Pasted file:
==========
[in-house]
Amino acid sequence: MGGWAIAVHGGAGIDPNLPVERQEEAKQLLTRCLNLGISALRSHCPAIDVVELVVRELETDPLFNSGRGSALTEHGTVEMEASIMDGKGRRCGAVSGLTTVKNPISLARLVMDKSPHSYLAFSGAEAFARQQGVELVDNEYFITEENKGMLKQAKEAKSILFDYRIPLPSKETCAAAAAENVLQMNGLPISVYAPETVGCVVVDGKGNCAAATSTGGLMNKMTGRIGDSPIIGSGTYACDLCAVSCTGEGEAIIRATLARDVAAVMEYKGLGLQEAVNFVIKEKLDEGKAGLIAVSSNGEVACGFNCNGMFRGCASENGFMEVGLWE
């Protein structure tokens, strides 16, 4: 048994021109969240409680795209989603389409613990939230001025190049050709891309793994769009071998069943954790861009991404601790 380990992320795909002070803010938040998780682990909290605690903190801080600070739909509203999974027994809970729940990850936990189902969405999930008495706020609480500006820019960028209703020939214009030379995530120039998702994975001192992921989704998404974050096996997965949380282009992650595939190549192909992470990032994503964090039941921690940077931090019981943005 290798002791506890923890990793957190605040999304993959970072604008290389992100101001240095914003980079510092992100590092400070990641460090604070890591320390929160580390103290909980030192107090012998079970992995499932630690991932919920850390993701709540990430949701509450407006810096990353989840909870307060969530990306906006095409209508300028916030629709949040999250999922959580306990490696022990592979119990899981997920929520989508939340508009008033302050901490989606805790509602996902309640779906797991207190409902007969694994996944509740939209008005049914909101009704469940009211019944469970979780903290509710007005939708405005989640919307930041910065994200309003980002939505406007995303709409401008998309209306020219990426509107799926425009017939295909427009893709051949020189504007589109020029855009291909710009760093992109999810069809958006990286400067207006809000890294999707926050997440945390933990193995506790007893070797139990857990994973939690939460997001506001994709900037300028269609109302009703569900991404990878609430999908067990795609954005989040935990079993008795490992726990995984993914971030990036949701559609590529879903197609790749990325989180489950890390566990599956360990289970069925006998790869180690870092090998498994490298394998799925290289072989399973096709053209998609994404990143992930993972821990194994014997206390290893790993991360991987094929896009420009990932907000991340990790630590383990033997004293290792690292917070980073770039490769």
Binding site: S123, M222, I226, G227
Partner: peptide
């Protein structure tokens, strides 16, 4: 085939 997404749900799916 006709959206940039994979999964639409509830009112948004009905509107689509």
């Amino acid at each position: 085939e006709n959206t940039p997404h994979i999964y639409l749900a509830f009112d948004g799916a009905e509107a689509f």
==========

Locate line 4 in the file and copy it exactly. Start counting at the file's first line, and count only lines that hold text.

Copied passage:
Binding site: S123, M222, I226, G227